Variety

Pokemon GO, a fun therapy for diabetic and obese children

Our Bureau Chennai | Updated on January 16, 2018 Published on December 20, 2016

bl21_Pokeman

Two doctors feel smartphone Exergames have the potential in fighting diseases

Could Pokémon GO, the hit augmented reality game launched in July 2016, benefit the health of the smartphone-obsessed young?

Anoop Misra, Chairman of the Fortis-C-DOC Centre of Excellence for Diabetes, Metabolic Diseases and Endocrinology, New Delhi, highlights the health benefits in a research proposals put forth recently.

Speaking on the rise of non-communicable diseases and promotion of junk food at a workshop titled ‘Food Labelling, Claims and Advertisements’ organised by the Centre for Science and Environment, he says, with newer apps that include gaming devices, children might be motivated to exercise, and enhanced sustainability might have a considerable effect on obesity or diabetes.

Misra shared an abstract of his paper Pokémon Go, Obesity and Diabetes: A Perspective from India, with BusinessLine. Co-written with Amerta Ghosh and published in Diabetes Technology and Therapeutics, it points to the rising incidence of obesity and type 2 diabetes in India which put adolescents and young adults at risk. He quoted a 12-country study that included India, which found that children averaged 8.6 hours of sedentary time daily.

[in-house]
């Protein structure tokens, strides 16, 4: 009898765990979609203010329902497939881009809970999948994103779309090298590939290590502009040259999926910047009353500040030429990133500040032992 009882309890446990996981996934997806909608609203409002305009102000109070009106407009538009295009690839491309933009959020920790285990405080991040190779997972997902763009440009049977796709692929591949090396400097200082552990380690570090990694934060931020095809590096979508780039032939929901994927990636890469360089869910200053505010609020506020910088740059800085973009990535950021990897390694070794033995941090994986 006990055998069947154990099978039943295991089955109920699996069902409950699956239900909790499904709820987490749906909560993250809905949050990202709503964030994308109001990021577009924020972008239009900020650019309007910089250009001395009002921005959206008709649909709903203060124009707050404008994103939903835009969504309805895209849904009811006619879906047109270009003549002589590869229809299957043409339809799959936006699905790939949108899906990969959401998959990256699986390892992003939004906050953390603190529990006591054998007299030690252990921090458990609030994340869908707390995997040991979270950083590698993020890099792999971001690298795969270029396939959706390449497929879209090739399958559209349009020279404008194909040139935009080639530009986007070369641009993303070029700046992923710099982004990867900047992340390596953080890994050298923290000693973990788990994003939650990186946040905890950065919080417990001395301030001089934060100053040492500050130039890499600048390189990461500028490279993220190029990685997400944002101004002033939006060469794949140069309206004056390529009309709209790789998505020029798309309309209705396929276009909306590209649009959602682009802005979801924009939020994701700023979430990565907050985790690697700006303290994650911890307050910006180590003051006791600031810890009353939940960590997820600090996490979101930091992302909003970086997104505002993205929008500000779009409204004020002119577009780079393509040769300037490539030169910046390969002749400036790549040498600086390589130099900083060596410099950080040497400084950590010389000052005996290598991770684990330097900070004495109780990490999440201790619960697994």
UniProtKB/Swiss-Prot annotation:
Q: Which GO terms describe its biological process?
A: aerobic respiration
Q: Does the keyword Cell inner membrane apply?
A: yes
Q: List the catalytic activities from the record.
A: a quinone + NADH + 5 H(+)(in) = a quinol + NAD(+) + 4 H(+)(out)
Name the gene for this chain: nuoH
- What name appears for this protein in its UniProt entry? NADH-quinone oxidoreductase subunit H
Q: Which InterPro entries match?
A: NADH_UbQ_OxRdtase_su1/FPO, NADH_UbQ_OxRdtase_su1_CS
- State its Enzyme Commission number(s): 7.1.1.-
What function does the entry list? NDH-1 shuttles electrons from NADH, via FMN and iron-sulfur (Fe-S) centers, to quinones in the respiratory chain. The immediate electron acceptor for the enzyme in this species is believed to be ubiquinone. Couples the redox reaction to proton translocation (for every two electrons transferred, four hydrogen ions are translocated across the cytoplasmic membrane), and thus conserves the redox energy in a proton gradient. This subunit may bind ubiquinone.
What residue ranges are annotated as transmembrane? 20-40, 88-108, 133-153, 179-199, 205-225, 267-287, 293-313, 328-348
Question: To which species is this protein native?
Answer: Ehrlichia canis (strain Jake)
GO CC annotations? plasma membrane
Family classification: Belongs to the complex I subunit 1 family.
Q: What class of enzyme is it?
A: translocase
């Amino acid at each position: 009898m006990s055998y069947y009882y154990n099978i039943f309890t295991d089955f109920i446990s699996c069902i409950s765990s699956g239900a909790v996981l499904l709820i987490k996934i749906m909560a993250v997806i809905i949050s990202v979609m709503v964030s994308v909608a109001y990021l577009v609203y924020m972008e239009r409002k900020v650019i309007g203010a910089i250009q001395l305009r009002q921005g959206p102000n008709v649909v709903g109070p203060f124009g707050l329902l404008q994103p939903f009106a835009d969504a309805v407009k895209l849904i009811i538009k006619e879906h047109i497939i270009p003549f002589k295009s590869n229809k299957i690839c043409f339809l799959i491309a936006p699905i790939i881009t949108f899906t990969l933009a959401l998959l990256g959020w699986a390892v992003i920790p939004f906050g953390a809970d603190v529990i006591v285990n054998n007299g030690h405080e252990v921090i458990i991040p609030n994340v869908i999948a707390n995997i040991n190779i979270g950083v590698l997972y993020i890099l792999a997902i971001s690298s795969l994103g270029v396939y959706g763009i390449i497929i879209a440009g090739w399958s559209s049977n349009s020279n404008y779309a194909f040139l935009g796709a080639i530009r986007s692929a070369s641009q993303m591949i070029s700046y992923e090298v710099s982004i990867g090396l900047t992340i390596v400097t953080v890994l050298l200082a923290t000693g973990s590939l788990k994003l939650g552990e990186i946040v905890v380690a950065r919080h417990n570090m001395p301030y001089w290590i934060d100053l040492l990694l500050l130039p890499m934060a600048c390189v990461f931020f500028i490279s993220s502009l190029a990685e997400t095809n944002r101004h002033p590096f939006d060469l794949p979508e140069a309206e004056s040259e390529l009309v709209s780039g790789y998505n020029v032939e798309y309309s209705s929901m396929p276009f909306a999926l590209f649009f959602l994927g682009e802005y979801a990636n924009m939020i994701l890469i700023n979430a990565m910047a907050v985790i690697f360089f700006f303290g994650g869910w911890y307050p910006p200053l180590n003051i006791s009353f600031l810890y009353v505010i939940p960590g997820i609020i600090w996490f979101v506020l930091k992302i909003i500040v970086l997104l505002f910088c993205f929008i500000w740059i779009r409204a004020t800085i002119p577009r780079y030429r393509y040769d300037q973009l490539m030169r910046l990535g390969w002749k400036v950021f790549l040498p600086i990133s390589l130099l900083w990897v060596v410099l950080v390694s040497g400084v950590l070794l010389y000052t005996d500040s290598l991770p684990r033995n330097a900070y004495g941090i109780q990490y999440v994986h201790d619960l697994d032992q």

Prospects of exergames

In this lies a novel opportunity to emphasise use of these ‘exergames’, a synonym for fitness games. Children could walk with smartphones outside, or go catch some Pokémon, says Misra. “A physical activity regimen combined with such games (others include Zombies, Run!, Ingress and 7-Minute Superhero Workout) could be an interesting concept to research,” he said.

Exergames go back as far as the early 1980s, when Atari launched a Joyboard, a balance board designed on a four-switch controller. Then, there was Bandai’s Powerpad, Dance Dance Revolution by Konami, and a variety of game bikes that gave users a workout as they played, and more recently, Nintendo’s Wii Fit and Kinect for Xbox 360.

“As it is, it is difficult to sustain children’s interest in exercise. But, Pokémon GO or similar smartphone-linked games are games of the future, and I hope different games will provide sustained interest.” He and his team are in the process of initiating some research into exergaming’s effectiveness.

Published on December 20, 2016
This article is closed for comments.
Please Email the Editor